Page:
In yet another break from his predecessor, New York City Mayor Bill de Blasio (D) says he has no interest in bringing the Summer Olympics to the Big Apple.

"This is not something the mayor is considering at this time," Phil Walzak, a spokesman for the mayor, told The Wall Street Journal.

Former Mayor Michael Bloomberg aggressively courted the International Olympic Committee in hopes of bringing the 2012 Games to the city, but de Blasio is right to not pursue that fantasy. The Olympics are an enormous financial boondoggle that, for all the pomp and promise of economic revitalization, never really live up to the hype.

The problems with hosting the Games begin with the bidding process. Organizing committees from would-be hosts, representing local business interests, compete against each other to bring the Olympics to their respective cities. But since those businesses stand to individually gain from securing the Olympics — there's a fortune to be made in all the construction costs, for instance — their potential gains differ from what their cities might reap. As economist Andrew Zimbalist explained in The Atlantic, this difference is known as the "principal/agent problem."

The city (principal) is not properly represented by the local organizing committee (agent). The committee that nominally represents the city really represents itself and bids according to its sense of the private benefit (of its members) versus the private cost, rather than the city's public benefit versus public cost. Since the private cost is diminutive and the private gain extraordinary, the local organizing committees, on behalf of the cities, are bound to overbid, wiping out any modest, potential economic gains. [The Atlantic]

As for the cities that lose the bidding war? They're still out millions of dollars for the massive, multi-year effort; Chicago spent an estimated $100 million unsuccessfully trying to secure the 2016 Olympics.

The winning bids are also a terrible predictor of the true cost of the Games. Athens went 10 times over budget hosting the 2004 Games. Nagano's 1998 Olympic finances were so outrageous that the bidding committee destroyed its accounting records. The Sochi Olympics are the most egregious example yet, with rampant cronyism and corruption more than quadrupling the estimated $12 billion price tag to a record $51 billion.

So what of the economic windfall — is that enough to outweigh all those cost overruns? Hardly. Though it's difficult to quantify the full impact of the Olympics, many studies have found the supposed benefits to be grossly overstated.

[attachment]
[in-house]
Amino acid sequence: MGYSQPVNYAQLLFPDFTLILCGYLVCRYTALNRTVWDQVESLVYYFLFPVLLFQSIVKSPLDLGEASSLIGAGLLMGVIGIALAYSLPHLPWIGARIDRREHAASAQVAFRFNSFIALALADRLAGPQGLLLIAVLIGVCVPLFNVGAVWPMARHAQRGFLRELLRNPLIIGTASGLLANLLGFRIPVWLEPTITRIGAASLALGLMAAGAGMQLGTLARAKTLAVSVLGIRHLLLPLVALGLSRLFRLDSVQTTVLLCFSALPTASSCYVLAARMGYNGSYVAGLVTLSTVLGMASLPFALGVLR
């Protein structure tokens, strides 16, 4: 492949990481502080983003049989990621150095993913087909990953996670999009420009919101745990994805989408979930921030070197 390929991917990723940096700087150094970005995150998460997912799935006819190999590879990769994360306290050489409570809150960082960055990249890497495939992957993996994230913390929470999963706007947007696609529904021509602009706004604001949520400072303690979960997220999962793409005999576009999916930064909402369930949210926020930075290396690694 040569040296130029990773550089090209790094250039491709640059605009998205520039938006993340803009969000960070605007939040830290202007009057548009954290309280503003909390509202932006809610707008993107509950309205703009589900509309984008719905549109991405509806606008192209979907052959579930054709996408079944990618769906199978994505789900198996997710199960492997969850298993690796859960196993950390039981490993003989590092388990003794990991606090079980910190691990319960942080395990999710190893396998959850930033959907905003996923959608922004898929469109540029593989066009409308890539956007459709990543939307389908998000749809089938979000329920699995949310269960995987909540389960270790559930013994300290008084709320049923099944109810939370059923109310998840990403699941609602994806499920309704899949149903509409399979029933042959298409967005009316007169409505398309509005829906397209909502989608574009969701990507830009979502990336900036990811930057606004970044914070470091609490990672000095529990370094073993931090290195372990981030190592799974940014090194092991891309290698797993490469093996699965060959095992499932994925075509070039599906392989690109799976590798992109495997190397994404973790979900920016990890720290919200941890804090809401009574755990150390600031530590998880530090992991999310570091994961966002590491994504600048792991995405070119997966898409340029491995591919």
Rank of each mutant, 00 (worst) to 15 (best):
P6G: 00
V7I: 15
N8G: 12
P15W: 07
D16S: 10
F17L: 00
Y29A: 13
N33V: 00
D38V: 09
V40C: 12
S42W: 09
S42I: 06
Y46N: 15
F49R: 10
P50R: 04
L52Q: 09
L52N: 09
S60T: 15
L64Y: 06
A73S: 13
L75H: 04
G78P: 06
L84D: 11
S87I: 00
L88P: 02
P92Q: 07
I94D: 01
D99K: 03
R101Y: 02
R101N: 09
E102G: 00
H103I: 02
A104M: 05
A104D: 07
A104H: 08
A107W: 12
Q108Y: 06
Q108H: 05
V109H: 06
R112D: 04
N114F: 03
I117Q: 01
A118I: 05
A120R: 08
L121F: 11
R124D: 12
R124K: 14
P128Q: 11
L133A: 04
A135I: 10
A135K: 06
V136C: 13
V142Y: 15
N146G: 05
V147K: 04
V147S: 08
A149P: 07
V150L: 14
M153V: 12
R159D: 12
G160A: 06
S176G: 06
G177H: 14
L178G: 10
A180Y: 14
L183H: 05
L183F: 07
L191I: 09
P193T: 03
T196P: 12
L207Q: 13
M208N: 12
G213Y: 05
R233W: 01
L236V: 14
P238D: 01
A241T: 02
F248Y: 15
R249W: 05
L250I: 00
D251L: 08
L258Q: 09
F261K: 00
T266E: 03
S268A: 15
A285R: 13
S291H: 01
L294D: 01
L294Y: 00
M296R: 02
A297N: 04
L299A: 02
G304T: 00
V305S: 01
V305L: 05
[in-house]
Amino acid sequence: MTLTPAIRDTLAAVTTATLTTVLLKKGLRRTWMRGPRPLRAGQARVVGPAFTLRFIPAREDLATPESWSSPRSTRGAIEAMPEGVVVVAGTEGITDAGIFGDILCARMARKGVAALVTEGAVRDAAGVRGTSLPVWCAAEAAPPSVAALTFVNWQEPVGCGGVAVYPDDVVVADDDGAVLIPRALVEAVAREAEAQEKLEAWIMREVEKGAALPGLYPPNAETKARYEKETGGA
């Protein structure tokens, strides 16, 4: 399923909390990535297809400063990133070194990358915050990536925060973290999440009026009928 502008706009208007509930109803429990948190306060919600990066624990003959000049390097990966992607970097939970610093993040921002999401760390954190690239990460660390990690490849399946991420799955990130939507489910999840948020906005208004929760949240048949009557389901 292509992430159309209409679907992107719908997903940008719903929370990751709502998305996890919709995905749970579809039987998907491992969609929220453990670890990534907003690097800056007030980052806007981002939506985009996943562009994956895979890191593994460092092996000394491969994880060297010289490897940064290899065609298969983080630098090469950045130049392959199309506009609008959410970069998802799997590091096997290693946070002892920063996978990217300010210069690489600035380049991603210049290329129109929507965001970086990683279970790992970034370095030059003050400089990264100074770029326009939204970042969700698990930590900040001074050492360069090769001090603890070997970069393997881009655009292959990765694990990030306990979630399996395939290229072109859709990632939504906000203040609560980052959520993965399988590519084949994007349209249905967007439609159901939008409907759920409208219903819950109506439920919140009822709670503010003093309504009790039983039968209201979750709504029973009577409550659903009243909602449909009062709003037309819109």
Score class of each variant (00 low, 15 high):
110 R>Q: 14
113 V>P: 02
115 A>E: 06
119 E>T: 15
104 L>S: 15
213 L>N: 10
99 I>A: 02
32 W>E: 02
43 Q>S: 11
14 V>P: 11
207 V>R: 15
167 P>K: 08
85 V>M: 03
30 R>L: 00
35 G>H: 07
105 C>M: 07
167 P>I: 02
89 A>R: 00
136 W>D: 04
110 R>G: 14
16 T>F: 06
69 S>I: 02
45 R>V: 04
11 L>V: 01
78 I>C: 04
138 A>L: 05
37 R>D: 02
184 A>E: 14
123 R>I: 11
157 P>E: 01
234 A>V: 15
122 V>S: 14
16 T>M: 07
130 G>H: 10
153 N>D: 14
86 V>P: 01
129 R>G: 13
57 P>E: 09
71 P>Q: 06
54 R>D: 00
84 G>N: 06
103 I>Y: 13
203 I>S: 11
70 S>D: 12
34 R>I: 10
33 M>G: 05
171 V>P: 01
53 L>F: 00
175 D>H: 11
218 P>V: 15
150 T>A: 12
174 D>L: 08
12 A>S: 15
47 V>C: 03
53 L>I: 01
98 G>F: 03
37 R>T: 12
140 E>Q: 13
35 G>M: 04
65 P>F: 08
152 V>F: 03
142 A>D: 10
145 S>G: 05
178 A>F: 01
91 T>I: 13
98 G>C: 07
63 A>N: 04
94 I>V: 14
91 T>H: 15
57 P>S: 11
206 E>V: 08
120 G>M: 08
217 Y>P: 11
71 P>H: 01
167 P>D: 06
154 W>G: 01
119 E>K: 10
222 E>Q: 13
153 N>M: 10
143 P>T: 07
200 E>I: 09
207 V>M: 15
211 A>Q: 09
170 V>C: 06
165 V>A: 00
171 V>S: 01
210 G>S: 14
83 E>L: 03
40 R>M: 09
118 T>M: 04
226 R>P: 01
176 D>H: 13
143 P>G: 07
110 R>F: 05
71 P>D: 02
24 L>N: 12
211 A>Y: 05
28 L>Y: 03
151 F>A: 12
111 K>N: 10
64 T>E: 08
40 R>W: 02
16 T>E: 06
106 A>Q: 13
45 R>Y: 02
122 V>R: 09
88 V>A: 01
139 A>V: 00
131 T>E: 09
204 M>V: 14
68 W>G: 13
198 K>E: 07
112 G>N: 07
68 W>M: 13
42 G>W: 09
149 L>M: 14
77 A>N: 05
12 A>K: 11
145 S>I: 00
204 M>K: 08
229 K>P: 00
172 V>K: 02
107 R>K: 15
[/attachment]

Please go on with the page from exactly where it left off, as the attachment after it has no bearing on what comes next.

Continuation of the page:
While there is some immediate economic stimulus in the form of increased construction, tourism, and so on, "the long-term economic legacy effects with respect to both GDP and unemployment appear to be quite modest," according to to a study on the 2004 Games. Other research suggests the Games are actually counterproductive for economic growth, and that the billions of dollars spent on them could be put to far better uses.

The Olympics "represent an alien industry, one that does not connect or mesh well with established businesses," according to a 2000 study. "Diverting scarce capital and other resources from more productive uses to the Olympics very likely translates into slower rates of economic growth than that which could be realized in the absence of hosting the Olympic Games."

Add those two factors up — higher-than-expected costs and a lesser-than-expected economic bump — and you've got a serious financial black hole. In the most remarkable Olympic financial fail, it took Montreal 30 years to pay off debt from the 1976 Games.

Then consider the massive infrastructure that often goes to waste once the Games end. Five years after Athens hosted the Olympics, 21 of its 22 stadiums went unoccupied. Since 2008, many of Beijing's facilities have sat uninhabited, too. And they are proving to be a financial burden; the iconic $500 million Bird's Nest costs about $11 million to maintain annually, though it has hosted scant events since the Games.

Which brings up another pressing question: where the heck would you stick all the Olympic infrastructure in New York, by far the most dense metropolitan area in the country? The city had a plan for 2012 that would have utilized unused or under-used spaces. But the city could arguably put those spaces to much better use, such as affordable housing.

The Olympics aren't coming to New York City any time soon, and that's a great thing. The city already has enough big sad money pits in its existing pro sports teams.